And so, to Haircut 100, no doubt dismissed as chart fodder by some; personally, I think Fantastic Day is a slice of perfect pop. Included here with the instrumental Evil Smokestacking Baby a post Heywood B-side which I had never heard before; you would never guess this was by Haircut 100, as it shimmers and glistens in a blissed-out Ibiza type vibe, which goes some way to explain why it was later utilised by Pony Express on an unofficial release in 2007.
Simple Minds are rightly included with This Fear Of Gods – this being sometime ahead of their descent into stadium guff. Jim Kerr credits this track as being influenced by Donna Summers’ I Feel Love, I’d suggest it also owes a huge debt to the Human League debut Being Boiled certainly in respect of the vocal delivery, but clearly demonstrates a band seeking to stretch themselves beyond the perceived confines of punk. Born Every Minute is the surprising inclusion from The Passage, lifted from the 1982 album Degenerates which also housed their best-known track XOYO, the track is darkly sinuous as vocalist Dick Witts, an accomplished musician, and member of the Halle Orchestra repeatedly chants the title to an apex of US funk inspired jerkiness, whilst Medium Medium actually featured on the US Dance Chart with Hungry, So Angry, though the track included her, Serbian Village appeared on the 1981 album The Glitterhouse, its sparse to the point of being taut, built entirely around the bass, with low in the mix choppy guitar, and anguished semi-spoken vocals.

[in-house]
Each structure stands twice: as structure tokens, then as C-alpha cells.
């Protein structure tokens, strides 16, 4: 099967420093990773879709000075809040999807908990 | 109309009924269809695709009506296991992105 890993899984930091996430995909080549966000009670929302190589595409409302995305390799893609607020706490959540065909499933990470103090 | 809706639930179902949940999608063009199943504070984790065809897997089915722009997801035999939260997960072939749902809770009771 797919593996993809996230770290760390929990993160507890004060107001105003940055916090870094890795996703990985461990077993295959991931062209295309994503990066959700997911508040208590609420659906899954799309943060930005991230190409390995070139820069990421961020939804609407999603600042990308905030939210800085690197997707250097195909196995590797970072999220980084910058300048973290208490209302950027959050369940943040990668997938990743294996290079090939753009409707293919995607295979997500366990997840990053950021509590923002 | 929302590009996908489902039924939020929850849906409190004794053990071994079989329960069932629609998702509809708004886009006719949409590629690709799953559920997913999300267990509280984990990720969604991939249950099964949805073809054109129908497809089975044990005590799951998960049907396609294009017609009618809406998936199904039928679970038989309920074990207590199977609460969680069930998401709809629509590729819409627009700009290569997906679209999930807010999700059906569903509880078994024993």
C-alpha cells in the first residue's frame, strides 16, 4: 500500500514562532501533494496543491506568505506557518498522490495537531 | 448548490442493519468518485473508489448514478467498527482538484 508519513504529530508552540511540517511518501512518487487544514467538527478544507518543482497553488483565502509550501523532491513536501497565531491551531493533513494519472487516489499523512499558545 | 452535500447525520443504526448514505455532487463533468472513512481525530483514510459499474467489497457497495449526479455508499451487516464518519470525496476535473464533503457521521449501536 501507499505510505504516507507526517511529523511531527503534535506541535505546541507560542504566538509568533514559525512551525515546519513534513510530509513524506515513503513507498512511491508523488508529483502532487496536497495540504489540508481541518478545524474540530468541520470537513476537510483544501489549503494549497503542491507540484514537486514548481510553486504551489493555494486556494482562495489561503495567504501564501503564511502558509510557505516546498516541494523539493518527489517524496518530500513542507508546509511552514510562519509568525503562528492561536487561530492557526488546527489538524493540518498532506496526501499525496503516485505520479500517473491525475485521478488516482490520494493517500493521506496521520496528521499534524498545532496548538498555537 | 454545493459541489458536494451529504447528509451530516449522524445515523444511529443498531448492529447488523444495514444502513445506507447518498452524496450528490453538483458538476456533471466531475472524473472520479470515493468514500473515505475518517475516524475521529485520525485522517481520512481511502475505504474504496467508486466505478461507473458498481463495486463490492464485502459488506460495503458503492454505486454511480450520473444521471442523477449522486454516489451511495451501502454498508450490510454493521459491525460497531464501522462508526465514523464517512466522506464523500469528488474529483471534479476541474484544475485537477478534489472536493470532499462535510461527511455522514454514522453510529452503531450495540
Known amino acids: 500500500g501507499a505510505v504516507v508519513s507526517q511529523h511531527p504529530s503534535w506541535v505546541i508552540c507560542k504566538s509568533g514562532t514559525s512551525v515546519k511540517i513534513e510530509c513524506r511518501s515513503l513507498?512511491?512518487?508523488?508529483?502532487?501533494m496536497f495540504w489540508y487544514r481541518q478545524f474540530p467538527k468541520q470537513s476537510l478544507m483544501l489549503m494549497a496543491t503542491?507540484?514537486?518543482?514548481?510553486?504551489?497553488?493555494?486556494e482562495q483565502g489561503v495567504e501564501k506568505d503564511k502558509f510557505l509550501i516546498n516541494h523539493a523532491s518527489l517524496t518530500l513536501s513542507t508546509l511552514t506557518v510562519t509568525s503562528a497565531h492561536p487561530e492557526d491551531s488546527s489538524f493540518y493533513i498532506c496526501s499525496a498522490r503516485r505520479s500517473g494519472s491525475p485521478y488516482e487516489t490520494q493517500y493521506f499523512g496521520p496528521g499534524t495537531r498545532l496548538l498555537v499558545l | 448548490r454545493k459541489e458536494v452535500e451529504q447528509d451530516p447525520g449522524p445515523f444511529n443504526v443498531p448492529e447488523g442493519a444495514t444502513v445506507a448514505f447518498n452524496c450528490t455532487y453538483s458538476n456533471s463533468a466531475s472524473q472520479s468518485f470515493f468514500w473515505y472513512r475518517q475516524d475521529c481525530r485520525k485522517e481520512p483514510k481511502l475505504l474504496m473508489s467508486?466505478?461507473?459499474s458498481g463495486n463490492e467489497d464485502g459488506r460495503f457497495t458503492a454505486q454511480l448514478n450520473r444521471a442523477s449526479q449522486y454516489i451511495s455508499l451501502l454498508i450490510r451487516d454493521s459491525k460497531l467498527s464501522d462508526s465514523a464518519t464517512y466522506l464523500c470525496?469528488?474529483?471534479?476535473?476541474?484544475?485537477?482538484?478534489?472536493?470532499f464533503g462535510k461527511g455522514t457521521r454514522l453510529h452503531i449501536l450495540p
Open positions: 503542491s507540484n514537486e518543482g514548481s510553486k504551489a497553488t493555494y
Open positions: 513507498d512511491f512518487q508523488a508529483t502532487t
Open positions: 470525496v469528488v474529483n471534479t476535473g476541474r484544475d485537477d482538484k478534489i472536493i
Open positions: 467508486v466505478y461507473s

Other inclusions are John Cooper Clarke, The Passions with ‘Skin Deep’ the vastly improved follow up to the hit I’m In Love With A German Film Star, and Jah Wobble with Invaders Of The Heart a track that has so many ideas, so many textures all woven into an intricate spasmodic dance tune that only someone with Wobble’s ability could pull this off. Can You Move from Modern Romance is I would suggest the bands only semi-credible track as they seem to impersonate everything from Blondie’s Rapture to the entire Sugarhill labels early output.